The Scotiabank Women Initiative has collaborated with Dr. Barbara Orser and Dr. Allan Riding of the Telfer School of Management, University of Ottawa. Together, we have created learning aids designed to assist with the development of your woman-led, woman-owned business.
Whether you’re a mentor or mentee, High Impact Mentoring is an exercise designed to assist with facilitating two-way conversations. If your personal style is formal or informal, one-to-one, or in groups, we’ll provide the evidence-based tools to help maximize your mentorship objectives and outcomes. This learning aid provides an opportunity for you as a woman entrepreneur to understand and facilitate high impact conversations between mentors and protégés. Evidence-based tools enable you to personalize learning outcomes, structure a relationship that fits your needs, and build trust-based relationships to maximize the power of mentorship.
Studies report that mentoring, while beneficial to all, many be indispensable for women. Protégés experience more positive career outcomes, including higher levels of career satisfaction and compensation, than non-mentored counterparts.
High impact mentoring reflects clear learning objectives and two-way communication. This tool will help you to clarify your needs and expectations.
- Check off those learning outcomes that apply to you.
- Add other learning outcomes to the list.
- Create a portfolio of mentors with expertise in different knowledge domains.
- Learn about models of mentoring, and what types of mentoring and advisory relationship are right for you and your businesses.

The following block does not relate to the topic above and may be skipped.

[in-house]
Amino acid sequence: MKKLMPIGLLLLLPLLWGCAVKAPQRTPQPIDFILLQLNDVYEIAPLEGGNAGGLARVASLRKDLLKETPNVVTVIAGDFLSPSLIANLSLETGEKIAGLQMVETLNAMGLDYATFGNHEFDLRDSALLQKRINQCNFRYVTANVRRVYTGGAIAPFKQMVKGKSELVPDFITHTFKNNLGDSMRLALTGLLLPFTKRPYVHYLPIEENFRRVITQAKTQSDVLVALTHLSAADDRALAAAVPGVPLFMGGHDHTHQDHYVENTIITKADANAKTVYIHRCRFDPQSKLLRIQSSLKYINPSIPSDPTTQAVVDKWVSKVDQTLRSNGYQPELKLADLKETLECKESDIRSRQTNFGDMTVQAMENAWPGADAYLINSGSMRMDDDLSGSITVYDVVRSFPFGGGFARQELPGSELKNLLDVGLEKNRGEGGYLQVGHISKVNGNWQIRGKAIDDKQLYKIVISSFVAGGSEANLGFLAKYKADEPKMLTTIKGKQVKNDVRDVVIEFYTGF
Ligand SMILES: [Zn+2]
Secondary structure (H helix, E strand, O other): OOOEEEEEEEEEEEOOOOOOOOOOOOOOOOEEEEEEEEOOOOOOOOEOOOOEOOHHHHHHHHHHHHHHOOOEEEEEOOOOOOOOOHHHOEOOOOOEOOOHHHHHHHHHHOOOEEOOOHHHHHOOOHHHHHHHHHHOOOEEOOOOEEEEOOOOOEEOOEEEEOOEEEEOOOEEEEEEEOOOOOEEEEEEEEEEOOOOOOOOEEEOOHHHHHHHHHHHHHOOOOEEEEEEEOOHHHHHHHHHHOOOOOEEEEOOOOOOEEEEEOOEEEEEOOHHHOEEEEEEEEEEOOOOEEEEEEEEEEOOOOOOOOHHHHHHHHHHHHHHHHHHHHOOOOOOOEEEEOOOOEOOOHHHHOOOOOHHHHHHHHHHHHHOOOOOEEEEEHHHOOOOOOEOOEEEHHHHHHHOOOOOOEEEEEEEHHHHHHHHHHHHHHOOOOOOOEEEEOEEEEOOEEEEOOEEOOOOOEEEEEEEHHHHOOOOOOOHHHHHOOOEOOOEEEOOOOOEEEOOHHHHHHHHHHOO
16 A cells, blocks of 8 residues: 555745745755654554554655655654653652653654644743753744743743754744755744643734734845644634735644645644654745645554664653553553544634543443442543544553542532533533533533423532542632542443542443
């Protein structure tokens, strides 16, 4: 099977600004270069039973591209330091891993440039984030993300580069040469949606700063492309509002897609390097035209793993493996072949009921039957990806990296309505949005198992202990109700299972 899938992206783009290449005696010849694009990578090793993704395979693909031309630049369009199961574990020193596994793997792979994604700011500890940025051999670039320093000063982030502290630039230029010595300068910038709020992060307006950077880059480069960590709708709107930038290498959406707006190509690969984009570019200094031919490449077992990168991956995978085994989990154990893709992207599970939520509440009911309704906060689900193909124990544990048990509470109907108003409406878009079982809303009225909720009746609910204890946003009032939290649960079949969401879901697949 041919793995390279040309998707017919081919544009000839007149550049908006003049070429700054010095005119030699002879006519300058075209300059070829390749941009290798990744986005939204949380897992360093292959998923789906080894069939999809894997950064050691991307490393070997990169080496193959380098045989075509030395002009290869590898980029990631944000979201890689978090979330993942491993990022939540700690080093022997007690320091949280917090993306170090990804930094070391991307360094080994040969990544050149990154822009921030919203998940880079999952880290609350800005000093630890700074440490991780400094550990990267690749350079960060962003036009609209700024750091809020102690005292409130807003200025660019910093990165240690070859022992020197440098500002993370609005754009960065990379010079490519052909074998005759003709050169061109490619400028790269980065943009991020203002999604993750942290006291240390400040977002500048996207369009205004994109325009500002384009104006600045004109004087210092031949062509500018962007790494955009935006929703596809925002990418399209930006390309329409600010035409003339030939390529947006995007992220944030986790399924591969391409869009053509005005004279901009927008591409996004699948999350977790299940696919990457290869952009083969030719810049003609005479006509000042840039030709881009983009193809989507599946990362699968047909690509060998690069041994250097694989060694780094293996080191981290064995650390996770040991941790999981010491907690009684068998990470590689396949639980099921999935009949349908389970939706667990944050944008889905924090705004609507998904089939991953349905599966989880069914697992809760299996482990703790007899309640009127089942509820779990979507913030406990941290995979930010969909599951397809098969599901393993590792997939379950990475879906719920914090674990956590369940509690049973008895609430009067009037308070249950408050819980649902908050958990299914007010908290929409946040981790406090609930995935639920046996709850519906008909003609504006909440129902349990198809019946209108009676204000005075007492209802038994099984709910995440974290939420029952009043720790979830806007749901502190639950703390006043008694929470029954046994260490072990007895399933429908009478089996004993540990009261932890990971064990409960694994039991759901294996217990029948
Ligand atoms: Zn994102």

Loosely structured relationships can be customized to fit your learning priorities. Inaugural trust is typically high. Family and friends often act as mentors, building confidence and affirming role legitimacy. But, because women are relative newcomers to business ownership, informal business networks may not be well developed, impacting the quality of mentor advice and support. Relationships are more likely to tolerate stereotyping and focus on psychosocial outcomes.
Often administered by industry intermediaries, entrepreneurs benefit from dedicated time over a specified period with credentialed professionals. This works well when learning outcomes are clear, and the relationship is good, however, advice can be formulaic.
Peer-to-peer mentoring is predicated on community knowledge and experience: “To build each other” is the motto of the Women in Communications & Technology (WCT) Mentorship Circle. GroYourBiz offers monthly “Board” meetings comprised of 15 to 20 non-competing members. The Women Presidents’ Organization (WPO) targets women presidents of multimillion-dollar companies. Roundtable discussions function as informal board of advisors for members’ businesses. Most are fee-based and have limited geographic coverage.
If you prefer co-learning, this collaborative approach to mentoring engages individuals who share complementary knowledge, networks and competencies. Women entrepreneurs, for example, mentor corporate managers or government decision-makers. While helpful in gaining visibility, relationships can be fragile given power imbalances.
Convenient, flexible, available as needed and anonymous, e-platforms match protégés and mentors, often across geographic distances. Online training platforms employ interactive content to engage protégés and mentors. Periodic email surveys are used to assess the health and productivity of the mentoring relationships. For those who prioritize psychosocial support, this model of mentoring may not be the best option.
Do you seek the camaraderie of like-minded women entrepreneurs? If so, consider establishing a peer-to-peer mentoring group. Participants can act as mentors, protégés, or both, depending on the issue. Mentoring is an interpersonal relationship built on trust. This tool presents a series of questions to probe assumptions and nurture trust in the mentoring relationship.
If you’re a Canadian woman entrepreneur, download the learning aid PDF to begin your assessment today.